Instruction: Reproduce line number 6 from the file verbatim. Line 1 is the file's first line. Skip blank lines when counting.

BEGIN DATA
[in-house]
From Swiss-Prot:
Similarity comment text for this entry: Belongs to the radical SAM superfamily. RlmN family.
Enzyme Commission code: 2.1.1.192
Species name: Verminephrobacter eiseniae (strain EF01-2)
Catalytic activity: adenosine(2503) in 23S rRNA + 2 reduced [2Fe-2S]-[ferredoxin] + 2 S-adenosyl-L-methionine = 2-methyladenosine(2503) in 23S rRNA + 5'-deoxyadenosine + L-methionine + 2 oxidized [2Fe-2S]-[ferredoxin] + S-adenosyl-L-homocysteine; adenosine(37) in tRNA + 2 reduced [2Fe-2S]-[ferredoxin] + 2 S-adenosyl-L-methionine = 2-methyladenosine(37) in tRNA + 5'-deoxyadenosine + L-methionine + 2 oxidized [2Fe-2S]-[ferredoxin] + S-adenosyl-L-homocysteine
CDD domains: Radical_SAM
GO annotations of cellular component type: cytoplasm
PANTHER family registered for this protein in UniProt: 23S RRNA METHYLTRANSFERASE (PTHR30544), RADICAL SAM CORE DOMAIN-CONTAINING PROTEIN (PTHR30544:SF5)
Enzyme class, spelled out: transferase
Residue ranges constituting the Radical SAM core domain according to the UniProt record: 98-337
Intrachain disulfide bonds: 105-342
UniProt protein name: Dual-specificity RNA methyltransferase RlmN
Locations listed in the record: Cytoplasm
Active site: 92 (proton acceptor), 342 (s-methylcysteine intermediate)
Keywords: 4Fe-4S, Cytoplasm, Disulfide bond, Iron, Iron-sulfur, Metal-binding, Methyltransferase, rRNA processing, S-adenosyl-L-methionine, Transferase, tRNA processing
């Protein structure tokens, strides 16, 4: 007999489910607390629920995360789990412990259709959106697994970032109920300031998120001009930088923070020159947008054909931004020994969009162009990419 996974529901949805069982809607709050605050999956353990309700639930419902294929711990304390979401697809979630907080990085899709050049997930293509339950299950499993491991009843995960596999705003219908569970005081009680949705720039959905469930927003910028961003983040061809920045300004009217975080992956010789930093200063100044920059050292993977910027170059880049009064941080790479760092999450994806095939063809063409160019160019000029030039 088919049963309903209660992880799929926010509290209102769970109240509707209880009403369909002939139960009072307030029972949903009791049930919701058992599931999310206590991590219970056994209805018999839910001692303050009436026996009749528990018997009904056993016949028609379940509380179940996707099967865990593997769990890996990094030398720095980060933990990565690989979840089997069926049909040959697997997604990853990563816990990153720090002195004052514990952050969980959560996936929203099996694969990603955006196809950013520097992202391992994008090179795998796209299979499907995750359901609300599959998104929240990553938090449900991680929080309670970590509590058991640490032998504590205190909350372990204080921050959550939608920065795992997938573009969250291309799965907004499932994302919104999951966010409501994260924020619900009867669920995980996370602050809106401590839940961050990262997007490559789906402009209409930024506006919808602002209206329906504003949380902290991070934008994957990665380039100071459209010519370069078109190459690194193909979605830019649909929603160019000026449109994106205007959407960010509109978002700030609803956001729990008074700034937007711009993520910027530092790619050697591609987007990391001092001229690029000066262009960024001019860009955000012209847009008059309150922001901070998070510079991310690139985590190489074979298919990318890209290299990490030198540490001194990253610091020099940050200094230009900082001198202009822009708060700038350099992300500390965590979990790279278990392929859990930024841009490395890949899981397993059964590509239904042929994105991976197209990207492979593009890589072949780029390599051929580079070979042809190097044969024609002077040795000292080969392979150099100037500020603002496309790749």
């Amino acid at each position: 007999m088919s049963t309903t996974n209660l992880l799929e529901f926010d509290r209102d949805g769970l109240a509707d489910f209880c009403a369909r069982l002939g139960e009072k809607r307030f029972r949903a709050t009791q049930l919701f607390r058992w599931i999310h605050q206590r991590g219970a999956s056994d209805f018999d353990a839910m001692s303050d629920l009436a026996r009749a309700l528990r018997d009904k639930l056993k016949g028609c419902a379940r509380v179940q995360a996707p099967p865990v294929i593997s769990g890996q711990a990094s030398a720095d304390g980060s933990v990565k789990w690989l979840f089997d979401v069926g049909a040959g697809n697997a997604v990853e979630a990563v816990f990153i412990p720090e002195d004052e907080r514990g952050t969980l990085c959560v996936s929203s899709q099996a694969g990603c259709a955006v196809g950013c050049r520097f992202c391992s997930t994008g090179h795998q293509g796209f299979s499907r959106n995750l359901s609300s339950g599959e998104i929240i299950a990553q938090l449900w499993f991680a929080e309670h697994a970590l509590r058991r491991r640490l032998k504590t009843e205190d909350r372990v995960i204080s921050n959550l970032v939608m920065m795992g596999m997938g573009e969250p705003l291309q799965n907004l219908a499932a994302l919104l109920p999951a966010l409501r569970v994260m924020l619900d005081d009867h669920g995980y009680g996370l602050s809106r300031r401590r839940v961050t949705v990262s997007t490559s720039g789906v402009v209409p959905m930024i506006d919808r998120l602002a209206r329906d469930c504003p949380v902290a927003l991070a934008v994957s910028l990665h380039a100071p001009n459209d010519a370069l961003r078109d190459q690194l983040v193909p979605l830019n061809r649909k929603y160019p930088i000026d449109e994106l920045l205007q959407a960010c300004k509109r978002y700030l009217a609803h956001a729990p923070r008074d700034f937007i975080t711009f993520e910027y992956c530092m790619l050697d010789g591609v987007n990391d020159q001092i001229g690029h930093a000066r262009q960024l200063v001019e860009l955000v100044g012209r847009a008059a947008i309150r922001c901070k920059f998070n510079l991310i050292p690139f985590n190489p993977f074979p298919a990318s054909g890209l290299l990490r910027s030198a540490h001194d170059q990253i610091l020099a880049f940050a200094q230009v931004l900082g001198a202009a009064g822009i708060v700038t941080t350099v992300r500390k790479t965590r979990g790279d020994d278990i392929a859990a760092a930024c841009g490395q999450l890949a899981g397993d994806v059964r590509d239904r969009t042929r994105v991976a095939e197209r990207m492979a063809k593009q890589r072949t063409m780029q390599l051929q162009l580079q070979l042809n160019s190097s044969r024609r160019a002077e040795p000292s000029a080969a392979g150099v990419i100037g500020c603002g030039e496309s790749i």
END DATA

Catalytic activity: adenosine(2503) in 23S rRNA + 2 reduced [2Fe-2S]-[ferredoxin] + 2 S-adenosyl-L-methionine = 2-methyladenosine(2503) in 23S rRNA + 5'-deoxyadenosine + L-methionine + 2 oxidized [2Fe-2S]-[ferredoxin] + S-adenosyl-L-homocysteine; adenosine(37) in tRNA + 2 reduced [2Fe-2S]-[ferredoxin] + 2 S-adenosyl-L-methionine = 2-methyladenosine(37) in tRNA + 5'-deoxyadenosine + L-methionine + 2 oxidized [2Fe-2S]-[ferredoxin] + S-adenosyl-L-homocysteine